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© 1997-2006
Michael Minner Photography

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Awards Gallery

Little Boy's Blues"Little Boy's Blues" was the First Place portrait at the Maryland Professional Photographers Association convention in 1989. The print earned the prestigious Kodak Gallery Award for excellence in professional portraiture.

Going, Going, Gone!"Going, Going, Gone!" clearly illustrates that some of the best portrayals of children result from letting kids be kids. This print is a PPA merit print from the 1993 SEPPA Convention in Atlanta.

Georgia On My Mind

"Georgia On My Mind" was made during the InnerCircle Safari Shoot Out Competition at the University of Georgia in Athens in 1993. It won First Place honors.

InnerCircle 2nd Place "Rock This House" was made within 20 minutes of the one above at a nearby fraternity house. The model is the same University of Georgia student. This print earned 2nd Place honors.

Meyer Rivkind Memorial Award Reknowned portrait artist, Monte Zucker, headed the panel of judges which named this portrait winner of the Meyer Rivkind Memorial Award for "Portrait of the Year" at the 1985 convention of the Maryland Professional Photographers Association. Michael Minner was named "Portrait Photographer of the Year" by MPPA that year, the first of 4 times he has earned that honor.

A Real Family Portrait

The charm of this image lies in the natural and spontaneous reaction of family members to the antics of the child at the left. Titled "A Real Family Portrait", this image is a part of the PPofA Loan Collection.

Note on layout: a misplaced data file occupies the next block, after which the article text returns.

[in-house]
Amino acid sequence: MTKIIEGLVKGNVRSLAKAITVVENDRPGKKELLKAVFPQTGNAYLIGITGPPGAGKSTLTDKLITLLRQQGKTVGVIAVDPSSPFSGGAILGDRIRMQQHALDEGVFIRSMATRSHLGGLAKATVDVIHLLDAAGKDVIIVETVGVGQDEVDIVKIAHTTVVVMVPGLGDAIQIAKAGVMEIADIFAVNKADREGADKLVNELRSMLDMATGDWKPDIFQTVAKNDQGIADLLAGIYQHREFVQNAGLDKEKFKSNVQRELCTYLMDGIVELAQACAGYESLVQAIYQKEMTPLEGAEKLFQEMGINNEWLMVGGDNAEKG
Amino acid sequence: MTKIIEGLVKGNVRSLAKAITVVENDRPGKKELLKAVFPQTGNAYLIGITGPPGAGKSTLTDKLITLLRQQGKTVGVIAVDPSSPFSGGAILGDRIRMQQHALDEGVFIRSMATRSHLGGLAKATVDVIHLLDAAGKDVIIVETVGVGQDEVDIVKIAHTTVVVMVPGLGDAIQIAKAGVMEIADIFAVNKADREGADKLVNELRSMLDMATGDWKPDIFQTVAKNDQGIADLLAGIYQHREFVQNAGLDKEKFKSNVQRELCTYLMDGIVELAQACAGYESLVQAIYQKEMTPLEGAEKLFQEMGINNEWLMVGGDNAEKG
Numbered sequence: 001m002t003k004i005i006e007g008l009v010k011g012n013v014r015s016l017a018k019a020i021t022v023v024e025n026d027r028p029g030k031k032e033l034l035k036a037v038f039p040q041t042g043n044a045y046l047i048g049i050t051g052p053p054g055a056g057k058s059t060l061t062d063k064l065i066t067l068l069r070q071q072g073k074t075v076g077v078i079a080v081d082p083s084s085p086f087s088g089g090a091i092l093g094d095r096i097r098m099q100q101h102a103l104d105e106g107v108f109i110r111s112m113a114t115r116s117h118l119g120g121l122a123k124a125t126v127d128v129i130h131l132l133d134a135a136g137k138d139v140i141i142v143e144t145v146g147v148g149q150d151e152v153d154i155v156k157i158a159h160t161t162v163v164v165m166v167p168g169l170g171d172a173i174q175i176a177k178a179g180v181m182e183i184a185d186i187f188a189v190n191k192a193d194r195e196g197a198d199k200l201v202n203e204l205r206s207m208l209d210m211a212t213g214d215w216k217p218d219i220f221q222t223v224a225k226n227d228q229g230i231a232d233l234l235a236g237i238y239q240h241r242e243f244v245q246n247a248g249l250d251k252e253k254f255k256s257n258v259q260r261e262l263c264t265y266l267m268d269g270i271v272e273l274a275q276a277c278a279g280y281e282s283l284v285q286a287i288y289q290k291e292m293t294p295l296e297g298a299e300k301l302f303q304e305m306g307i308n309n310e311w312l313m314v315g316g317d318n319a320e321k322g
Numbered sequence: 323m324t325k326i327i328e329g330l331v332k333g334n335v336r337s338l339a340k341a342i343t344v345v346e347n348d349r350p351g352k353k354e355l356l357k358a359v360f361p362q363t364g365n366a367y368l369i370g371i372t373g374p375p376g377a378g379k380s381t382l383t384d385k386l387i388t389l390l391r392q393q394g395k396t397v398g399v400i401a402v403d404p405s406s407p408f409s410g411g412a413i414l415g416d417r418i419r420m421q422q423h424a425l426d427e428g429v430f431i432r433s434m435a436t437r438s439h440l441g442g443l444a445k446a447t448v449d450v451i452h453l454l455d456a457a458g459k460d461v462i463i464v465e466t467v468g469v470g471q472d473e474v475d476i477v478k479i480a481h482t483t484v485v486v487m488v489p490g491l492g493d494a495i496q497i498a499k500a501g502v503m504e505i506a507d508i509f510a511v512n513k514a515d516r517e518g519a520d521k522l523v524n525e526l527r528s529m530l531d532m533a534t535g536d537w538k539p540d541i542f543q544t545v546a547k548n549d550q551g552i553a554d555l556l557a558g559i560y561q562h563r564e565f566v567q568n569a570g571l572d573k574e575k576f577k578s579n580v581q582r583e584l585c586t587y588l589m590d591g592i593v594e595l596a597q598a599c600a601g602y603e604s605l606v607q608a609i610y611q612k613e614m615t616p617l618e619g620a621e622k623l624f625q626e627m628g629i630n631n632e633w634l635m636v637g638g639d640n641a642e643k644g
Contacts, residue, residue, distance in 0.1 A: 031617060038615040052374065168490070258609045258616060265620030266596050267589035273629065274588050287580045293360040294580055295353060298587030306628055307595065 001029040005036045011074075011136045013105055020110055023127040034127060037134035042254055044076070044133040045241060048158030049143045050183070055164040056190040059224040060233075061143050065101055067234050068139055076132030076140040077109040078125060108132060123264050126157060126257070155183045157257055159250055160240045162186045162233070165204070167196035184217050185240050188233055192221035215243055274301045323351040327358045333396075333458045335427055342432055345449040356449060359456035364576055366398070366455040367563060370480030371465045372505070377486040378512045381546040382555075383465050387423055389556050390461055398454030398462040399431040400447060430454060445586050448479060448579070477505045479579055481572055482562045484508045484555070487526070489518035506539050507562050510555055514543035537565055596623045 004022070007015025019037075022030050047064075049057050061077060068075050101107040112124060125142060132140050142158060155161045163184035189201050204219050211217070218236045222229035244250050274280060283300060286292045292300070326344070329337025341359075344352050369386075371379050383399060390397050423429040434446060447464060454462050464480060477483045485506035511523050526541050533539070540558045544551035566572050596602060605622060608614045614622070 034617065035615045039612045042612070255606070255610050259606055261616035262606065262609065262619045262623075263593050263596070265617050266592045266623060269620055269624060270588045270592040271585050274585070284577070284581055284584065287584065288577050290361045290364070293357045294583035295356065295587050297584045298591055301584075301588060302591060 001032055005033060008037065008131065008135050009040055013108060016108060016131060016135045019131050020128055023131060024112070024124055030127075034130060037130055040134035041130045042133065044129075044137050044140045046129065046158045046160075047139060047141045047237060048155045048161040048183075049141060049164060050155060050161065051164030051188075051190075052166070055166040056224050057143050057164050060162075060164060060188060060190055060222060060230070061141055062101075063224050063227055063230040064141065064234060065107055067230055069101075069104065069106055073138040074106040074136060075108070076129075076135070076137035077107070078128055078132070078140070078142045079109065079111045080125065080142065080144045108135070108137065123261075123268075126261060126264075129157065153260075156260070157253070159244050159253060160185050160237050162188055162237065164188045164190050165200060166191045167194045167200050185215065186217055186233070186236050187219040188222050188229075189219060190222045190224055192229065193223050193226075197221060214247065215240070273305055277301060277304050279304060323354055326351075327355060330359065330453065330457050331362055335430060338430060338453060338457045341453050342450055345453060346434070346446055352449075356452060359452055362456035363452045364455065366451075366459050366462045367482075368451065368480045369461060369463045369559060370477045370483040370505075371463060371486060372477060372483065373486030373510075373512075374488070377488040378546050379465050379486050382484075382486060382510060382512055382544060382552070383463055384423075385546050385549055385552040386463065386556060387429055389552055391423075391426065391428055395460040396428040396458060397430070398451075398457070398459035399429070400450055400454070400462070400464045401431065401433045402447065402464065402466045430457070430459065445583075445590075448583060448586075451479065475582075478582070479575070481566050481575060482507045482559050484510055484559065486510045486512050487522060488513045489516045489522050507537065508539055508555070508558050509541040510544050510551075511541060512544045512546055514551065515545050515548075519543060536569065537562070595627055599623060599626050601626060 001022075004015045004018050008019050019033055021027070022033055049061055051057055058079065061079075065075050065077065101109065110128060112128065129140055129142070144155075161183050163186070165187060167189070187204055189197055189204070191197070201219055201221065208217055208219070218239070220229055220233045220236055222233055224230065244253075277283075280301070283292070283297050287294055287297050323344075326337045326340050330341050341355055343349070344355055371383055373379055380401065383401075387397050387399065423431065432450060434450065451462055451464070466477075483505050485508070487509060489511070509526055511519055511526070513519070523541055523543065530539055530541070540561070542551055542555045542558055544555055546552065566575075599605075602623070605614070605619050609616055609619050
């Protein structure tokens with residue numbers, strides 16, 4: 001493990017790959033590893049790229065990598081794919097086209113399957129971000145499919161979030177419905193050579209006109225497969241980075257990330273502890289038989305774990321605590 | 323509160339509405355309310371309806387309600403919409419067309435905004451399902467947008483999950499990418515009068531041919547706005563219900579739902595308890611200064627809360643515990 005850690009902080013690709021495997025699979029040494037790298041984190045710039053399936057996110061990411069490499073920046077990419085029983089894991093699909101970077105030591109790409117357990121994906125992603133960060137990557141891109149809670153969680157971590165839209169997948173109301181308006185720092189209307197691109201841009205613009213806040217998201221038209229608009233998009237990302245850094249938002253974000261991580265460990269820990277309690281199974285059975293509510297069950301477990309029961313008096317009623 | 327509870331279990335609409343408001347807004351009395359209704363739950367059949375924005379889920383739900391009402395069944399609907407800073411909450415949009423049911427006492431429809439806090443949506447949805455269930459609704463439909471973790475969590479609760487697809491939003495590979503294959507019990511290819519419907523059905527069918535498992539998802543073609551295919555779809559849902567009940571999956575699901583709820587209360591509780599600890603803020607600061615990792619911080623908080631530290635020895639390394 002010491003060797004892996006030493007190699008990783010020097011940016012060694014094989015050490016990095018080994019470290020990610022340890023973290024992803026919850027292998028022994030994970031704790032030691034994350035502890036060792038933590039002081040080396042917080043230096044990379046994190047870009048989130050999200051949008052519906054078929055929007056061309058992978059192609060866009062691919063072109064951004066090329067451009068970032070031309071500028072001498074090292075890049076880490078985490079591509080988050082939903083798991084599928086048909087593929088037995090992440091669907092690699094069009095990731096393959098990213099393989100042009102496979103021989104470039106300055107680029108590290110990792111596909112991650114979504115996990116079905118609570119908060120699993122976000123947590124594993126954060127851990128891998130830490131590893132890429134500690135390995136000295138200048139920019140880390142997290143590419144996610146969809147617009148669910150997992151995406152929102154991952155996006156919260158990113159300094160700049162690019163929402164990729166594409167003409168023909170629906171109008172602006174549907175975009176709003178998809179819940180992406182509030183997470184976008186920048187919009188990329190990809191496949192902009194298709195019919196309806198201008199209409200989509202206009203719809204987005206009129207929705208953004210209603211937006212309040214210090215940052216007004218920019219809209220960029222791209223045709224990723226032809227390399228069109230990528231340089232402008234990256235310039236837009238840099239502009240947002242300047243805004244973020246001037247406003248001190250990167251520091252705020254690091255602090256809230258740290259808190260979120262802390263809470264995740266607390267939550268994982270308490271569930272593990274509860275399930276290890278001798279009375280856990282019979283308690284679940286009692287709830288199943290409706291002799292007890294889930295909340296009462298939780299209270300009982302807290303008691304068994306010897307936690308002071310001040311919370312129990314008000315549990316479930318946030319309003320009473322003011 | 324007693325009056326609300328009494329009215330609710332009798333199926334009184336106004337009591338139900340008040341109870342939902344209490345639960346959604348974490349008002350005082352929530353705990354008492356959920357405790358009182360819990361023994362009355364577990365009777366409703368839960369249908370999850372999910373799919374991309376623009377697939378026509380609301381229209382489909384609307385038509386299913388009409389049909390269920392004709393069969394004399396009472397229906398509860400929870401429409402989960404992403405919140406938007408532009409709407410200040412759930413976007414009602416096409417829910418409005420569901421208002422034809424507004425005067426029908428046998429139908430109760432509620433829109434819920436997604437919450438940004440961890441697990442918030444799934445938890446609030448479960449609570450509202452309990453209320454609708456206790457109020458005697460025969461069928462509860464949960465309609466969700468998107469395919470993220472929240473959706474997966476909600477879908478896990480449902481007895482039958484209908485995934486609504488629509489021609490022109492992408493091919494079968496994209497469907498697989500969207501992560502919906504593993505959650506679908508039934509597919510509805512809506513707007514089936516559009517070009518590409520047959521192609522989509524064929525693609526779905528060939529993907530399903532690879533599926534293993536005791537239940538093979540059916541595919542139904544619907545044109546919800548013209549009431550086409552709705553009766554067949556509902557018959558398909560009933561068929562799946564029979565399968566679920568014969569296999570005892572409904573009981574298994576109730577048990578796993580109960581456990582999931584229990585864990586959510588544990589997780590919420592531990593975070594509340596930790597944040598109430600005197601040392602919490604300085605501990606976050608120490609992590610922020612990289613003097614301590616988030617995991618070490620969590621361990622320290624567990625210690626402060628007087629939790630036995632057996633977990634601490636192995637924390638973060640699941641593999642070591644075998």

At Summer's End"At Summer's End", made in the sweet light after sunset at a Delaware beach, is an MPPA "Best in Show" portrait and a PPofA merit print. It clearly illustrates that environmental portraits are visually more exciting when the subjects wear colors that are inherent in the scene.

"Splashdance", another PPofA merit print, was done as part of a model's portfolio. Whereas, in traditional portraiture, the photographer strives to color coordinate the elements of the image there are times when the usage of discordant color combinations can serve to incite emotional reactions from the viewer.

Mr. Pa-Tuba Head"Mr. Pa-Tuba Head" was done, just for fun, for a symphony orchestra member in an attempt to give life to the instrument he played and loved.

Gray FoxThe "painting with light" technique is illustrated in "The Gray Fox", a studio portrait which was selected "Best Portrait of a Man" as well as "Best in Show" by the Maryland Professional Photographers Association.

Mandarin Mystique"That Mandarin Mystique" is a studio glamour portrait that was named a "Court of Honor" print at an MPPA convention.

Painting the Town Red

"Painting the Town Red" is an MPPA Loan Collection print that clearly illustrates that the best portraits of children do, in fact, show more than just what they LOOK like. They show what they ARE like.

Hot Stuff "Hot Stuff!", a PPofA merit print, clearly demonstrates the power of utilizing color harmony in portraiture. The same theories of high key (white on white) and low key (dark on dark) photography apply to any colors used as long as the subject and background are in the same color family. This photograph also shows that the female form is enhanced when posed in an "S" shape as opposed to a vertical line.

Double Bubble Trouble

"Double Bubble Trouble" is a high key portrait that is an MPPA "Best in Show" winner. It was also named "Best Portrait of a Child" at an MPPA convention. In addition to illustrating the power of simplicity inherent in high key theory it shows that when children wear classic styles of clothing that the portrait is not dated and, therefore, takes on a classic quality.

Meet Me in Red SquareThe importance of the title in creating prints for competition is illustrated both literally and figuratively by "Meet Me In Red Square", a studio image that resulted in a PPA merit print.

Vixen Blue Lurid Lady

"Vixen Blue" and "Lurid Lady" each show how creative cropping and the usage of color harmony in print presentation can lead to PPA merits for the maker.